COVID-19 & MS
The primary objective of this microsite is collate information from the Barts-MS blog and to answer questions about COVID-19 in relation to multiple sclerosis and its treatments. You can either ask questions on the blog or via the Google form below. We will make every effort to keep up-to-date to help everyone get through the next few months.
- COVID-19 or coronavirus disease 2019 refers to the infectious disease caused by severe acute respiratory syndrome coronavirus 2 (SARS-CoV-2).
- The disease was first identified in Wuhan, China, and has spread globally, resulting in a COVID-19 pandemic. COVID-19 infection is very non-specific; common symptoms include fever, cough and shortness of breath. Associated flu-like symptoms such as muscle pain, sputum production and sore throat are less common.
- Please note the COVID-19 refers to corona virus disease due to the SARS-CoV-2 virus that was first identified in 2019.
- Please note the majority of COVID-19 cases are mild with a small number progressing to severe pneumonia and multi-organ failure. The mortality of COVID-19 is about 3%, but ranges from ~0.2% in those less than 20 years to up to 15% in those over the age of 80 years.
- Other risk factors for severe COVID-19 infection include male sex, smoking, pre-existing lung disease (e.g. severe asthma), comorbidities, in particular, hypertension and diabetes, and possibly being immunocompromised or suppressed.
- COVID-19 is spread from one person to another via respiratory droplets produced during coughing and sneezing. Time from exposure to onset of symptoms is generally between 2 and 14 days, with an average of five days.
- The standard method of diagnosis is by the molecular detection of the virus from a nasopharyngeal or throat swab. A small number of people can present with diarrhoea and the virus can be detected in the stool.
- Because the virus is an enveloped virus and has a cell-like membrane it is susceptible to detergents. Therefore frequent hand-washing is one way to prevent infection. Hand sanitizers work as well, but need to contain more than 60% alcohol to disrupt the viral envelope.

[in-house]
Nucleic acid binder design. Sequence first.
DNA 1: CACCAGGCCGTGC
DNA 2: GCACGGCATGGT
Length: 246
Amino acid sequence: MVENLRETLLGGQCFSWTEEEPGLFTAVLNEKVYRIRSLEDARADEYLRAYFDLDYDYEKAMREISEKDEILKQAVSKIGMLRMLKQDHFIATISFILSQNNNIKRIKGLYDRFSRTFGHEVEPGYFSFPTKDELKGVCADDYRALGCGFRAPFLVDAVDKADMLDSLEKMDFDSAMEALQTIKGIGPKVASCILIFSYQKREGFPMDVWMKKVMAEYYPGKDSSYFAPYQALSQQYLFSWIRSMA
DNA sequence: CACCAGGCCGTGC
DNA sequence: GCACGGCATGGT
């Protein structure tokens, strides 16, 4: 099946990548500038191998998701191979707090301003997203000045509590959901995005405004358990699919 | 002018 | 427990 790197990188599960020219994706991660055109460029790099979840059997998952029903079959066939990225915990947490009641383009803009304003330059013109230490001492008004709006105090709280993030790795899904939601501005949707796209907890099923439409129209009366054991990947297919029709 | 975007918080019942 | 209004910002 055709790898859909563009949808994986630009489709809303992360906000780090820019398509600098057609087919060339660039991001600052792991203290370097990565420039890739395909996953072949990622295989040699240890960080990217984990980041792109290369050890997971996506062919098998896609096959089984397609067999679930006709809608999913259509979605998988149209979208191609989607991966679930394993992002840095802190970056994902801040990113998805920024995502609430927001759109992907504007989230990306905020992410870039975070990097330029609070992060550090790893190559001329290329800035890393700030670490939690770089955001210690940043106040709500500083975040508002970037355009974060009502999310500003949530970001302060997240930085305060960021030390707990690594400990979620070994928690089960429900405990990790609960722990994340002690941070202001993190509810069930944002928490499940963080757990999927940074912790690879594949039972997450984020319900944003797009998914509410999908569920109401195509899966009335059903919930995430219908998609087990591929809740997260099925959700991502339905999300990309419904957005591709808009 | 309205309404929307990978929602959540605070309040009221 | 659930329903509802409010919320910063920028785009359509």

- Other preventive measures include maintaining a distance from others, and trying not to touch one's face.
- The use of face masks is more controversial. Face masks are generally recommended for those who suspect they have the virus and for healthcare workers and carers.
- At present there is no vaccine or specific antiviral treatment for COVID-19.
- The management of COVID-19 involves symptomatic therapies, ventilatory and other supportive care and isolation.
How safe is cladribine to use during the COVID-19 pandemic (26-April-2020)?
What about COVID-19 and pregnancy? (20-April-2020)
Is there anything I can do to prepare for having COVID-19? (17-April-2020)
Can you do a relapse assessment remotely? (09-April-2020)
Can you treat relapses remotely? (09-April-2020)
Intravenous or oral steroids to treat a relapse? (09-April-2020)
Is it safe to suspend natalizumab (Tysabri) infusions? (03-April-2020)
How does natalizumab extended interval dosing work? (03-April-2020)
What is a normal lymphocyte count? (30-March-2020)
Risk of COVID-19 Infection
Impact of COVID-19 on MS and its management
DMTs and COVID-19
The best way to answer queries is to use real-life case studies and case scenarios.
Case 1 - ocrelizumab or not?
Case 7 - ........ for more case studies please see the dedicated COVID-19 case studies page.